How to Spot and Handle a Leaking Water Heater

plumbing heaters

Checked your water heater lately for leakage?

Some people like to live on the edge and let things like that lapse. Here’s why that’s a bad idea. In most households, the water heater is the major appliance with the shortest average service life. Ten years is pushing it and, if you have hard water in your area, it could be as little as six years. In addition to gradually increasing your monthly water heating costs, another thing a water heater approaching the end of its life may do is leak.

Water heaters incorporate high temperatures and internal pressure up to 150 p.s.i. That’s a potent combination and a good reason why signs of leakage should never be disregarded.  Leakage often precedes a total tank rupture that can flood your home, causing extensive water damage. Flooding doesn’t stop when the tank empties. The heater is directly connected to the main water supply line so inundation continues until the tank water valve is shut off. If water heater leakage ever leads to tank rupture, you better hope you’re home and awake when it happens.

Water heaters usually manifest two types of leakage. While one is not a Code Red emergency, the other may be.

  • Dribbling relief valve. The temperature and pressure relief valve (TPR) typically located on the top or side of the water heater tank automatically opens if tank heat or pressure exceeds specs. For reasons such as internal wear or accumulation of mineral deposits, an aging TPR valve may dribble water intermittently. Usually, this water is conveyed down a tube and ends up puddling on the floor or flowing down a drain. The TPR is a replaceable component. A qualified plumber can easily diagnose a leaky TPR and install a new valve without replacing the entire heater.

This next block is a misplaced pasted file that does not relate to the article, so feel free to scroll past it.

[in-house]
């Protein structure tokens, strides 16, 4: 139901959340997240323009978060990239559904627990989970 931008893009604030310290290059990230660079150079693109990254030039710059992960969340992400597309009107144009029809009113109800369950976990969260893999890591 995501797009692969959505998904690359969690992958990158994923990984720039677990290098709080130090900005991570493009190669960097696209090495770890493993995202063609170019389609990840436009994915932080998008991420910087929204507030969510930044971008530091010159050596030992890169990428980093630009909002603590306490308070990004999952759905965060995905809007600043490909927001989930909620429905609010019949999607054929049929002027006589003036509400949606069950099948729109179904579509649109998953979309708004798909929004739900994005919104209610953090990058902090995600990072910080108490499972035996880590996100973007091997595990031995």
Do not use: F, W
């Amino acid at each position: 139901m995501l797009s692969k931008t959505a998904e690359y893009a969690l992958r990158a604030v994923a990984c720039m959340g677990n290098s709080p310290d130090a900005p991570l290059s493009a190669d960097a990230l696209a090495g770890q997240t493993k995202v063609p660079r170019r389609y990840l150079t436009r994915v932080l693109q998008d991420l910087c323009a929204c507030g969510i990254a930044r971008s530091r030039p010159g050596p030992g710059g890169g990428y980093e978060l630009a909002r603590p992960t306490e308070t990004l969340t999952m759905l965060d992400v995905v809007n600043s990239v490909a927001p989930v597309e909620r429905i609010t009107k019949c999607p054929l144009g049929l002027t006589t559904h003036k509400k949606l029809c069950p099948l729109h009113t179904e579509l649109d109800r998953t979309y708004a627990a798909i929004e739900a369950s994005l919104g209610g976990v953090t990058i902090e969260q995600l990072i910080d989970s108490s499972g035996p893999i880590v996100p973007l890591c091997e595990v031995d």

• Tank leakage. Water leaking from the tank usually indicates severe internal corrosion that could trigger a tank rupture at any time. Leakage occurs from the lower portion of the tank and may pool anywhere beside or underneath the tank. Tank leakage may also drip down onto the hot burner and cause a sizzling sound as it evaporates without obvious puddles. No amount of tank leakage is “normal” or safe to ignore. If you notice leakage, turn off the water heater at the main control valve, then shut off the cold water inlet valve located on top of the heater, too. Call a plumber immediately.

North County Plumbing is located in Oceanside, California and has been in the service business since 1970 providing quality plumbing services including leak detection and drain service in northern San Diego County. Our qualified technicians are available 24 hours a day to help with emergency plumbing repair services…with no overtime charges!

If you found this blog helpful, you may want to check out our post “Why it’s Best to Have Appliances Professionally Installed

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